Globalization's steep downside

The Baltimore Sun

ATLANTA -- Despite the harsh partisanship that had begun to infect politics by the 1990s, there was at least one tenet about which mainstream Democrats and Republicans agreed: Globalization is good.

The wonders of free markets have been touted by Democrats Robert E. Rubin and Lawrence Summers as well as Republicans Carlos Gutierrez and Henry M. Paulson Jr.

Belief in the glories of global markets is widely shared - a civic religion, especially among the chattering classes.

As with most religions, however, its miracles are exaggerated.

Global forces have already decimated the American manufacturing sector, destroying the path that led generations into a comfortable existence, with health care and a secure old age. The cities of the Rust Belt testify to the harsh reality of outsourcing and offshoring.

Now the fierce winds of free trade are beginning to be felt a little further up the economic ladder, battering college-educated workers, too.

(Journalists, already bruised by the decline of traditional news media, learned a hard lesson about the reach of globalization last May when a small news Web site in California announced that it had hired two reporters in India to cover meetings of the local Pasadena City Council.)

Finally, some of the apostles of free trade are beginning to admit its rather steep downside. Princeton economist Alan S. Blinder, a former Clinton administration official and a longtime advocate of globalization, still abhors protectionism, but he now believes the social and economic upheavals created by free trade will be much more severe than he once thought.

In an essay published last year in Foreign Affairs magazine, Mr. Blinder wrote: "The old assumption that if you cannot put it in a box, you cannot trade it is ... hopelessly obsolete. Because packets of digitized information play the role that boxes used to play, many more services are now tradable and many more will surely become so."

Already, such highly skilled medical jobs as radiology are being outsourced. Mr. Blinder predicts that between 30 million and 40 million American jobs are likely to be shipped overseas in the next 10 to 20 years. Vulnerable occupations include graphic designer, film and video editor, financial analyst, microbiologist and, interestingly enough, economist, he says.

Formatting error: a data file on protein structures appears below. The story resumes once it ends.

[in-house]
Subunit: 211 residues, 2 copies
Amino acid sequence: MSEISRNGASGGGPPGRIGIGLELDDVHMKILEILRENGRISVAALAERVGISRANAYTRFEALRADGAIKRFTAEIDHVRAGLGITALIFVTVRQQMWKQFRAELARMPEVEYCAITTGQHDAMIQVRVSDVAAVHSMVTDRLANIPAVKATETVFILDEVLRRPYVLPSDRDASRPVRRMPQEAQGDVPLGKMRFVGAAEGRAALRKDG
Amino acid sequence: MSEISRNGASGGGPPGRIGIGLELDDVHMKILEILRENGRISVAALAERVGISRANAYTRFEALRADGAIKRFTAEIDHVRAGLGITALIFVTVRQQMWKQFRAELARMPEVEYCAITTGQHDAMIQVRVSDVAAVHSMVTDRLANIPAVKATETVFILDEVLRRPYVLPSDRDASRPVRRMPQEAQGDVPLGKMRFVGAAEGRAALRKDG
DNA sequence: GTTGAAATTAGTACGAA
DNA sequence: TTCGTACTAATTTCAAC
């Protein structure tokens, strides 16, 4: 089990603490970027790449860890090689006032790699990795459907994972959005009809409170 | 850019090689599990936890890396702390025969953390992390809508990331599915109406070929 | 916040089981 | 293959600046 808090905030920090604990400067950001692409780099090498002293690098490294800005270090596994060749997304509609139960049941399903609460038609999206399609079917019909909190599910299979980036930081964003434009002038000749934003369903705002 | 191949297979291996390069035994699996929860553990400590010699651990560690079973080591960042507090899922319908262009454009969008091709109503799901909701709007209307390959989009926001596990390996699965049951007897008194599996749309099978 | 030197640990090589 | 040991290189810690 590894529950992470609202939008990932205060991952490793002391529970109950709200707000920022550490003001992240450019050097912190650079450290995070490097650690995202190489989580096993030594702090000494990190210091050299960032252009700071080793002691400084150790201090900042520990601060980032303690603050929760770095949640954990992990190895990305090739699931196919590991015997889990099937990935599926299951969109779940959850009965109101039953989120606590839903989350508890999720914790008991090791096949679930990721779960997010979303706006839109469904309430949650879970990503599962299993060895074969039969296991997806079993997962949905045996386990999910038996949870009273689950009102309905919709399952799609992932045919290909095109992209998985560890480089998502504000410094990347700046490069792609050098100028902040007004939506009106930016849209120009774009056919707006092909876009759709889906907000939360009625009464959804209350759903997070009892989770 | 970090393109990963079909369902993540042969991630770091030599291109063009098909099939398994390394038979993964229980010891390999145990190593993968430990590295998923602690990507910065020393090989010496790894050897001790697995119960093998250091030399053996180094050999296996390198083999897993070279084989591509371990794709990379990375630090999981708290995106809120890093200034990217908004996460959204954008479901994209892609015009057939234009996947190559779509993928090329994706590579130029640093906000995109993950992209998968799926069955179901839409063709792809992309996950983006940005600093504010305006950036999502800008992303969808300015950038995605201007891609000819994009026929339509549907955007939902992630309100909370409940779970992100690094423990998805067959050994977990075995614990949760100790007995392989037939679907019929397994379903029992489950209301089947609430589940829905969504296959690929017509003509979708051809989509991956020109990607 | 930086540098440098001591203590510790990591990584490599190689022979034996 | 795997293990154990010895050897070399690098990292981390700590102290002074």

That's enough to create anxiety among parents who recently sent their children off to exclusive, high-priced colleges, convinced that a prestigious degree will protect them from the threat of globalization.

Many of the jobs that will stay behind are service jobs; you can't very well get a massage or a haircut or a manicure via fiber-optic cables. There will still be great demand for child care workers and Pilates teachers, grass-mowers and hotel maids. But those jobs offer low pay and zero medical or retirement benefits, generally speaking.

Mr. Blinder is probably right about the futility of trade barriers. Globalization will continue to push labor to its cheapest locations; any effort to change that outcome will likely create more problems than it solves.

He is absolutely right to point out that this country needs to do much more to build up its social safety net and protect workers from the economic instability that will likely speed up in the next decade or so.

"At present," he notes, "the United States has one of the thinnest social safety nets in the industrialized world, and there seems to be little if any political force seeking to improve it."

Our political rhetoric is hopelessly outdated - conservatives dismiss attempts to broaden access to health insurance as "socialized medicine" - and our prejudices consume too much of our energy. The overheated rhetoric about illegal immigrant workers is just a distraction. They didn't kill the American industrial base, and they didn't cause the squeeze on the American middle class. They're just scapegoats - an easier target than the vast and amorphous forces eating away at our way of life.

Cynthia Tucker is editorial page editor for The Atlanta Journal-Constitution. Her column appears Mondays in The Sun. Her e-mail is

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